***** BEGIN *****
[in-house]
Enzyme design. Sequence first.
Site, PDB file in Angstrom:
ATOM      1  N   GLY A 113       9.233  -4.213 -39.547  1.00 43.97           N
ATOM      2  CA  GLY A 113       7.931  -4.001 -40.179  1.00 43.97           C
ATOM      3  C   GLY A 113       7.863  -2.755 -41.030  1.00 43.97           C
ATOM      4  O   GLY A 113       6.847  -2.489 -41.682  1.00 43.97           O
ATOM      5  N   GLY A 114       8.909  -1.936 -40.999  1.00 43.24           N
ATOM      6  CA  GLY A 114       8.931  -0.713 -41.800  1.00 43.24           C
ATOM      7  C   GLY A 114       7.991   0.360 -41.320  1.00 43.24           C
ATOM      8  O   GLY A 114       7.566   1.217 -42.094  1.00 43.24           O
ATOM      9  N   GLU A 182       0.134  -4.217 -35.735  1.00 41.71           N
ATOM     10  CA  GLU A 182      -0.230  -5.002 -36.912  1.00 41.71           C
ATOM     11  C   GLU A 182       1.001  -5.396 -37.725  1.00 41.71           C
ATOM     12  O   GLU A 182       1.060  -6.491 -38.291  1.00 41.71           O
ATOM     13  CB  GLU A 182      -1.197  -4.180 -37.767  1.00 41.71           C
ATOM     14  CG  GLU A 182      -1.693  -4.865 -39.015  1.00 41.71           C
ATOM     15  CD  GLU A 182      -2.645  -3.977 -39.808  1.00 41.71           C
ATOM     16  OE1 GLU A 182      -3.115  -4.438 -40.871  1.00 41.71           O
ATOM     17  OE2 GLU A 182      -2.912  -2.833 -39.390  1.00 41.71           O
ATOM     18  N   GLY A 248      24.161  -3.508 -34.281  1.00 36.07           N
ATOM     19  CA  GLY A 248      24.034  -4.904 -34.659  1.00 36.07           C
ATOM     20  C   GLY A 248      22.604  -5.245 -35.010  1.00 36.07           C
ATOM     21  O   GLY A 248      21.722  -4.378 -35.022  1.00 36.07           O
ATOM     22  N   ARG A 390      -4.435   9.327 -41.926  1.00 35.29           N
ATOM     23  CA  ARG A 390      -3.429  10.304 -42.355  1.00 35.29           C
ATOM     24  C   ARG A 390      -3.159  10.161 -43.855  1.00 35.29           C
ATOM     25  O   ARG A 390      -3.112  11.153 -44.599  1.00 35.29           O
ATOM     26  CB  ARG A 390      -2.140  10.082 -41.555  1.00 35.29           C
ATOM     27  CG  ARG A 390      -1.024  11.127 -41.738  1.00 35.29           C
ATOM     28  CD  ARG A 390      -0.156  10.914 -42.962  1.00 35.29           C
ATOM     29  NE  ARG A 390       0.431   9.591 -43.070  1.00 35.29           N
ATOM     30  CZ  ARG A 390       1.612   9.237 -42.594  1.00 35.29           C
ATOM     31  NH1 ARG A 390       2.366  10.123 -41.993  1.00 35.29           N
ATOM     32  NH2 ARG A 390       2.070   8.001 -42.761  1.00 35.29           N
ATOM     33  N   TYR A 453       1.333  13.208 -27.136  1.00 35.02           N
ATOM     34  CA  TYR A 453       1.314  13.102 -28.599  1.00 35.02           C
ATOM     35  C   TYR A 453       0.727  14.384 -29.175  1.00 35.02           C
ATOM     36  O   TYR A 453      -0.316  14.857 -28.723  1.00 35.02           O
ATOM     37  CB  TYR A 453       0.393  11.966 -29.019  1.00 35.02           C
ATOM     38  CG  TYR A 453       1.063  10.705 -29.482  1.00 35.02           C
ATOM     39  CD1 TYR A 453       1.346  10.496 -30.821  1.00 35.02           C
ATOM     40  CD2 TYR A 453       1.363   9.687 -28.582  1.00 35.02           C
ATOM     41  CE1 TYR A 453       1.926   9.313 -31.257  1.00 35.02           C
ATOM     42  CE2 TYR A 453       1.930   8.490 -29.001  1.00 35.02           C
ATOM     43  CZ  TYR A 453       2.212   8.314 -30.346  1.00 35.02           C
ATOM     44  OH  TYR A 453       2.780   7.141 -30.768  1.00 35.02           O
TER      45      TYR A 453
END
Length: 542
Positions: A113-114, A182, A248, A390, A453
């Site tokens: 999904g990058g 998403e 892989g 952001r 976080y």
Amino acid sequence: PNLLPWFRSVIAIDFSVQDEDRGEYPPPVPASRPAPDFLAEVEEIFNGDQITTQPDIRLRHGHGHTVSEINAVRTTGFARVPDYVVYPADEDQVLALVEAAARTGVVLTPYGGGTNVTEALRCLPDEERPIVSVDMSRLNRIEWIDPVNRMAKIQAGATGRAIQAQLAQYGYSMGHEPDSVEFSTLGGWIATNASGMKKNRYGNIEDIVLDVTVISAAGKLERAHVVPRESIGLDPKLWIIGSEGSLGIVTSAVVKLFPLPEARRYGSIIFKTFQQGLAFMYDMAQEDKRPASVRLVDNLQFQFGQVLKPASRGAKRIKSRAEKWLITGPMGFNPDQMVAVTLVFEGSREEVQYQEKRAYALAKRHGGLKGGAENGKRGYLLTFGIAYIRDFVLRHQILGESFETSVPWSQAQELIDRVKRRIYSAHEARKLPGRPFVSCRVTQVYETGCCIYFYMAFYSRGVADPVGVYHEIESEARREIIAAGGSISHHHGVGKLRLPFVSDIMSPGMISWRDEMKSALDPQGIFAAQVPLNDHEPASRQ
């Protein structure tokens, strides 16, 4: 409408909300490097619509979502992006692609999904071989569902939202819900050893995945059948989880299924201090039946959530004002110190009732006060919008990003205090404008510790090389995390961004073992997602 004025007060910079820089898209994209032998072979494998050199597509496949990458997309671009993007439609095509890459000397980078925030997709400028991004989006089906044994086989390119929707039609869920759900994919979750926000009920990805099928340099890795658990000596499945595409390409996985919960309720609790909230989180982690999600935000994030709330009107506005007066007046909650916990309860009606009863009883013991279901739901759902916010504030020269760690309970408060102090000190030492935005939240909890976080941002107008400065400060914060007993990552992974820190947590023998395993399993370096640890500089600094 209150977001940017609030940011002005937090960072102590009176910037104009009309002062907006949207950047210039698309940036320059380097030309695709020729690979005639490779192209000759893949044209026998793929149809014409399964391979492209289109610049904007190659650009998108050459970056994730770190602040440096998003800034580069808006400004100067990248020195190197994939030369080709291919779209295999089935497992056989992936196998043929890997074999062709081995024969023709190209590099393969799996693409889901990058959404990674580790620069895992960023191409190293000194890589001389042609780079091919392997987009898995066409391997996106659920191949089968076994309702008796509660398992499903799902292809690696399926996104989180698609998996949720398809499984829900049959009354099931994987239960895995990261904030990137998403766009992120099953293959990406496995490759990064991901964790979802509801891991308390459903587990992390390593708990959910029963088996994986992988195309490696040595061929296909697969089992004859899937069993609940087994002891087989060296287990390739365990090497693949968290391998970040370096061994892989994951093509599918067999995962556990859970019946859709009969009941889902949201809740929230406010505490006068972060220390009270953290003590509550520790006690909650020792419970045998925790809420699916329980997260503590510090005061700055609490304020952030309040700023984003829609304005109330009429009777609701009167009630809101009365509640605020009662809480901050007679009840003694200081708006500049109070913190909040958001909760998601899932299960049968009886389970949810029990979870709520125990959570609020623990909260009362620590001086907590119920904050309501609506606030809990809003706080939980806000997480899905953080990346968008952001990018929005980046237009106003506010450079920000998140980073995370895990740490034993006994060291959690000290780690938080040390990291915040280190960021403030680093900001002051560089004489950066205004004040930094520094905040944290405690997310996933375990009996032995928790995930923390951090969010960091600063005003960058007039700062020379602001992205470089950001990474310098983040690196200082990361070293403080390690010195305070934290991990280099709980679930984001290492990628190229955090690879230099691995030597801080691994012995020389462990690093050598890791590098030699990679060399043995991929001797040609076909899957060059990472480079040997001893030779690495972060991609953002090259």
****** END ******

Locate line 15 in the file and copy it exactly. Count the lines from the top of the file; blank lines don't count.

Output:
ATOM     12  O   GLU A 182       1.060  -6.491 -38.291  1.00 41.71           O